2013 Toyota Avalon LT
23 Nov

Review: 2013 Toyota Avalon – First Drive

Likes:

  • Aggressive and dynamic new exterior styling
  • Available Hybrid powertrain achieves 40 mpg combined
  • Interior is still spacious, and now even more luxurious
  • Excellent value for a large, near-luxury sedan

Dislikes:

  • Performance is still somewhat sedate, especially when cornering
  • Dashboard layout could be more cohesive
  • Might actually hurt Lexus ES sales

Akio Toyoda is intent on reinventing Toyota. Rather than being just a manufacturer of safe, reliable, but rather boring and bland automobiles, he wants Toyota to be known for exciting design and performance. As President of the company, and chief test driver (he also has a background in racing), Toyoda has made it clear that pushing out the same basic products year after year is simply not good enough for the world’s second largest car maker.

2013 toyota avalon 16 600x300 Review: 2013 Toyota Avalon   First Drive

The new redesigned 2013 Avalon is persuasive evidence that change is indeed taking place. We recently had the opportunity to drive the new Avalon in scenic Santa Barbara, Calif. After several hours with the new car, we can definitely say that the Avalon now offers much more than just basic transportation.

Up until now, the Avalon has been a rather plain looking, plain driving large sedan, albeit one that offered good comfort and value. Lined-up next to the previous generation, the new Avalon looks like an entirely different car. The front of the car now features a gaping lower grill that looks ready to swallow the road, and the silhouette of the car is much more fluid and dynamic.

Toyota claims the new Avalon has the driving dynamics to match the new look, although our first impressions are that this is still a more conservative sedan, in terms of performance. The same powertrain is still under the hood, a 268 hp 3.5-liter V6 mated to a 6-speed automatic. Steering is still quite light and feels a bit disconnected from the road, and there is noticeable lean when cornering. Activating the Sport mode increases throttle response and dials in a bit firmer steering, but even then this is definitely no sports sedan.

2013 toyota avalon 01 600x400 Review: 2013 Toyota Avalon   First Drive

Having said that, the Avalon is no major slouch either. At one point during our test drive, we slotted behind a Porsche 911 and an AMG Mercedes while climbing a twisty back road. Although our German friends were no doubt taking it easy, it was surprisingly easy to keep up, even when sailing through some sweepers at 50 mph. Punching the throttle also produced a surprising amount of thrust. It turns out that the Avalon only weighs around 3,500 pounds, hundreds of pounds lighter than the full-sized competition, which certainly helps maximize available performance.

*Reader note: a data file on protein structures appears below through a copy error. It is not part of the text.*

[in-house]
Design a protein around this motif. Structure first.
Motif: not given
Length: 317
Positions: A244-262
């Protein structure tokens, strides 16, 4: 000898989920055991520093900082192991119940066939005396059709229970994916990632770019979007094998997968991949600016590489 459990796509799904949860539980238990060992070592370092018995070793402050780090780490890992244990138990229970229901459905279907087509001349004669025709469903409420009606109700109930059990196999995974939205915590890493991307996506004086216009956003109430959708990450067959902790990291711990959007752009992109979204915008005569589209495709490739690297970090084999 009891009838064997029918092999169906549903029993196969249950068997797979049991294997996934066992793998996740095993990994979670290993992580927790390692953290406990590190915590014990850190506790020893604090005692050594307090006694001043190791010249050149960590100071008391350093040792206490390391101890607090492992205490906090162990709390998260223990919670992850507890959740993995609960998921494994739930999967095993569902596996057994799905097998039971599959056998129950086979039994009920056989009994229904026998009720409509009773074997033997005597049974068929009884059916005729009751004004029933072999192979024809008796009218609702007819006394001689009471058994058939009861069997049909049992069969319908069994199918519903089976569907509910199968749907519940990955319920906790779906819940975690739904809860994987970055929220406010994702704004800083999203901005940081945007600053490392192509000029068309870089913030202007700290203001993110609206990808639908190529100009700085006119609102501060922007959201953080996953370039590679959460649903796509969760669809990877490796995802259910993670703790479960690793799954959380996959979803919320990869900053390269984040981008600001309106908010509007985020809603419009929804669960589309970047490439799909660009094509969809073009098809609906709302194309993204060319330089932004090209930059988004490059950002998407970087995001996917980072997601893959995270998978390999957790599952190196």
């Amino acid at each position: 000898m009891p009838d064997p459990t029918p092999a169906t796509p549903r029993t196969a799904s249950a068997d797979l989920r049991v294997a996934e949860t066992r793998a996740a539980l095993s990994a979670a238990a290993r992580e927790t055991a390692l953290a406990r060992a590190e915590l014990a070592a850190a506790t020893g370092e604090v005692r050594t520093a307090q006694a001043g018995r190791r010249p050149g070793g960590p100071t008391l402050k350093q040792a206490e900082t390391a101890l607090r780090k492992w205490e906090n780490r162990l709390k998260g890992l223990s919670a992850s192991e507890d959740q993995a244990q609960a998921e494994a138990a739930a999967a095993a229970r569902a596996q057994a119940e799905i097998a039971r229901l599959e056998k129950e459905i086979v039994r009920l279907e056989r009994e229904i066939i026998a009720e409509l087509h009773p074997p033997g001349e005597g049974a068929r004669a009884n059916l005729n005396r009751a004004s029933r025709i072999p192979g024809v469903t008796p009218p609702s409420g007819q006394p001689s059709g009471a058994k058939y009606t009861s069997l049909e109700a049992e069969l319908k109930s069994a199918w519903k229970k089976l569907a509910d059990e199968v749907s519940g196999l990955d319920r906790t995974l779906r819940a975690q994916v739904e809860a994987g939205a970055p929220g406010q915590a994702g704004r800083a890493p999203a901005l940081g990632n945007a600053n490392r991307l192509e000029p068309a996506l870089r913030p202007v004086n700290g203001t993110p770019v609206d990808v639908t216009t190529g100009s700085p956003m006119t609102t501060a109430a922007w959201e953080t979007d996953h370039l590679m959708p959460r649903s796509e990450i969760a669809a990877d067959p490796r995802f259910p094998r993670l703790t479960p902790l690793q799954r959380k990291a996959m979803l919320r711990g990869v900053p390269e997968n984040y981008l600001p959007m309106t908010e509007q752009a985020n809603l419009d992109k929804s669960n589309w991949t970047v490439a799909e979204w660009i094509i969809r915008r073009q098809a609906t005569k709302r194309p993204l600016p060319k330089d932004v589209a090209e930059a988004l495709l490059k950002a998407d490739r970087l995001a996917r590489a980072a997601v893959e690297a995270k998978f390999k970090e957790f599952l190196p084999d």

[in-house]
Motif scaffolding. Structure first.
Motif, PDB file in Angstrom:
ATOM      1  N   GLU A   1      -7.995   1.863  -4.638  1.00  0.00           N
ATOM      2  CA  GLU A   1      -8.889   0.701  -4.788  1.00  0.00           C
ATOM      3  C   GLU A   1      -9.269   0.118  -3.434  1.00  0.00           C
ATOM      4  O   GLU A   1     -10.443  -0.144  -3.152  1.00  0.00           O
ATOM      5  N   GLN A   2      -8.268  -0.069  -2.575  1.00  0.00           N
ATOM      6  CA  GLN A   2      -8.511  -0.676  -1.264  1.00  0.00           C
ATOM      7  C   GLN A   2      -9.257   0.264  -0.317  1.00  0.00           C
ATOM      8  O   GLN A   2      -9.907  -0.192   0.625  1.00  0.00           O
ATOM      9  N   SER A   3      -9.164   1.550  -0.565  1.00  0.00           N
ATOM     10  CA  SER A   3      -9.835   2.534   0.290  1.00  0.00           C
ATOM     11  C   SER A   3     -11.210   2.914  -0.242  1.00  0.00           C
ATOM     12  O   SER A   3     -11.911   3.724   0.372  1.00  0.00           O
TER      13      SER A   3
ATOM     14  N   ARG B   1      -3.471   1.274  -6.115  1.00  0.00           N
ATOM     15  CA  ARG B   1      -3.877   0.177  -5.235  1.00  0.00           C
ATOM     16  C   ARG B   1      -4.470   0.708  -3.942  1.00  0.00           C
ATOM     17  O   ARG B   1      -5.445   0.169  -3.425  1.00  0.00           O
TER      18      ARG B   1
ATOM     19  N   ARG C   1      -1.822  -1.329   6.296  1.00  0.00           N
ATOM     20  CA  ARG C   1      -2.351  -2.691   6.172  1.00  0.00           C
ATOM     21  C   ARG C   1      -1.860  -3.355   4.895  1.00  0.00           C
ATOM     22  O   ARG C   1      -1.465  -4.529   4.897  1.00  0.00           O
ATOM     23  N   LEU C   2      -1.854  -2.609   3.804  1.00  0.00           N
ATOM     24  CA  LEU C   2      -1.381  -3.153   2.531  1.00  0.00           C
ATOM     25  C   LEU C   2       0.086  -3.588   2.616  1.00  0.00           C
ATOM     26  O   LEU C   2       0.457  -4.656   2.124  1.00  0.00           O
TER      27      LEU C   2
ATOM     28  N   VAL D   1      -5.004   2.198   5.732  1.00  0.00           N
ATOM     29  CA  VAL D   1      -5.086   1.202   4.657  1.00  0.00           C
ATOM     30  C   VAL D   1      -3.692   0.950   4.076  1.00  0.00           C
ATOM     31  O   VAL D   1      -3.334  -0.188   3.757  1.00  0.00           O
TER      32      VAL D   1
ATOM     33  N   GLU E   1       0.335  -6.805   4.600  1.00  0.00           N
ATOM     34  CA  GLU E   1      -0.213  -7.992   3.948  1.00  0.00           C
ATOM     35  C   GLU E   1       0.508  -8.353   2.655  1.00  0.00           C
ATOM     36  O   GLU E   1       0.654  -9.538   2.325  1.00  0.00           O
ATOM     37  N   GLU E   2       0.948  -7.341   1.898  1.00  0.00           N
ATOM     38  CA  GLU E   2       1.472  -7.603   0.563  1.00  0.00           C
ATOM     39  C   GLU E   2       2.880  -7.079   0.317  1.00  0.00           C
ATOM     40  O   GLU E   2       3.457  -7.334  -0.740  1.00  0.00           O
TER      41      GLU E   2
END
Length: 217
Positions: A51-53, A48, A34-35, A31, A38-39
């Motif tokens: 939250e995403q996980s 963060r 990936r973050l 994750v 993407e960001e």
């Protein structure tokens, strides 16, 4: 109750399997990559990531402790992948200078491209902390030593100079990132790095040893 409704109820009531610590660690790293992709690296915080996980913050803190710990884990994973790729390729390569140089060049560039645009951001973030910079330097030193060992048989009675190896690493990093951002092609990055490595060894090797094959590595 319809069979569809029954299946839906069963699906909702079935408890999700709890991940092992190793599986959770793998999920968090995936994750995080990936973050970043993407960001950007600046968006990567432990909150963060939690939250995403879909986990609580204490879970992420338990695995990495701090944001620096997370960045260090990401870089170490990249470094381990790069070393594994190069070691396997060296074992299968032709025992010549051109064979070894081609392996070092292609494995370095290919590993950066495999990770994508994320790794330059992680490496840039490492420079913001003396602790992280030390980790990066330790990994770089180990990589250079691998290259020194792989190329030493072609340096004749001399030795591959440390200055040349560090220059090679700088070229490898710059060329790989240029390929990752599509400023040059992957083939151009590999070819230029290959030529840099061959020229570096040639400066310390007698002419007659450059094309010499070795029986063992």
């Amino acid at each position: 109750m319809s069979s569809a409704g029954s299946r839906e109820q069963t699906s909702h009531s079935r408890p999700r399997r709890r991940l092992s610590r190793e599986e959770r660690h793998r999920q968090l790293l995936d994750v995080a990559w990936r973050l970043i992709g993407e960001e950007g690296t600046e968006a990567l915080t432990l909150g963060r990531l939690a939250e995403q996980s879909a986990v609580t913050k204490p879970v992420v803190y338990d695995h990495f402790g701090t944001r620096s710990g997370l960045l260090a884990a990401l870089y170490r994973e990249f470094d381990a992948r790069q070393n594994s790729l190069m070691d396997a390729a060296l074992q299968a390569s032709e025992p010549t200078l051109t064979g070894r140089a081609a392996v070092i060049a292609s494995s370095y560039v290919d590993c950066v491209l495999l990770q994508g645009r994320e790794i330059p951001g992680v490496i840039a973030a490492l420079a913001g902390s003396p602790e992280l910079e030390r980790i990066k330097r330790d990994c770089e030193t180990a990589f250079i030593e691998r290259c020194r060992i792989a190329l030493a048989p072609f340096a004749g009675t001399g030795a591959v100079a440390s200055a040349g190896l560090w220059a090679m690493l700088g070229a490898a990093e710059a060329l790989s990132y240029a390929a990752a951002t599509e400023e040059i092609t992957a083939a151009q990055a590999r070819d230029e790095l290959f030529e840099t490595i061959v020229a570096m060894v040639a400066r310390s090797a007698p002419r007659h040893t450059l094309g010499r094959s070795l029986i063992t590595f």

Perhaps the most significant change to the new Avalon, other than the dramatic new exterior style, is the addition of a hybrid powertrain. Toyota has basically dropped in the powertrain from the Camry hybrid, which works surprisingly well in this larger platform. There is even an EV mode that will keep the car cruising on electric power, so long as there is sufficient charge and the speed is kept low. The EPA has blessed the Avalon hybrid with a 40 mpg combined rating, which is really quite remarkable for a full-sized sedan that can comfortably seat five and has a sizeable trunk.

2013 toyota avalon 10 600x400 Review: 2013 Toyota Avalon   First Drive

On the inside, the Avalon doesn’t disappoint, providing a higher grade of luxury than the previous model. The interior on our Limited test model was lined with stitched leather trim, and the leather seats are exceptionally comfortable. The redesigned dash uses a blend of capacitive and mechanical switches for the controls, and features two displays. Although the layout is somewhat haphazard, and the dash curves outwards in an ergonomically strange way, everything works reasonably well. For folks desiring more interactive technology, Toyota’s Entune system is available on XLE premium trim levels and up. The Avalon is also the first Toyota sedan with available advanced safety features, such as blind spot monitor and rear cross traffic alert systems.

Most impressive is the amount of value that the Avalon provides. The base Avalon XLE starts at $30,990, and there are also XLE Premium and Touring trim levels, at $33,195 and $35,500. The fully loaded Avalon Limited still comes in at under $40k, starting at $39,650. The Hybrid starts with a more upscale XLE Premium trim, at $35,550, and tops out with a Limited model for $41,400.

At these prices, and with this level of luxury, refinement, and now style, we’re left with just one question. Why buy a Lexus?

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Category: Car Reviews, Reviews

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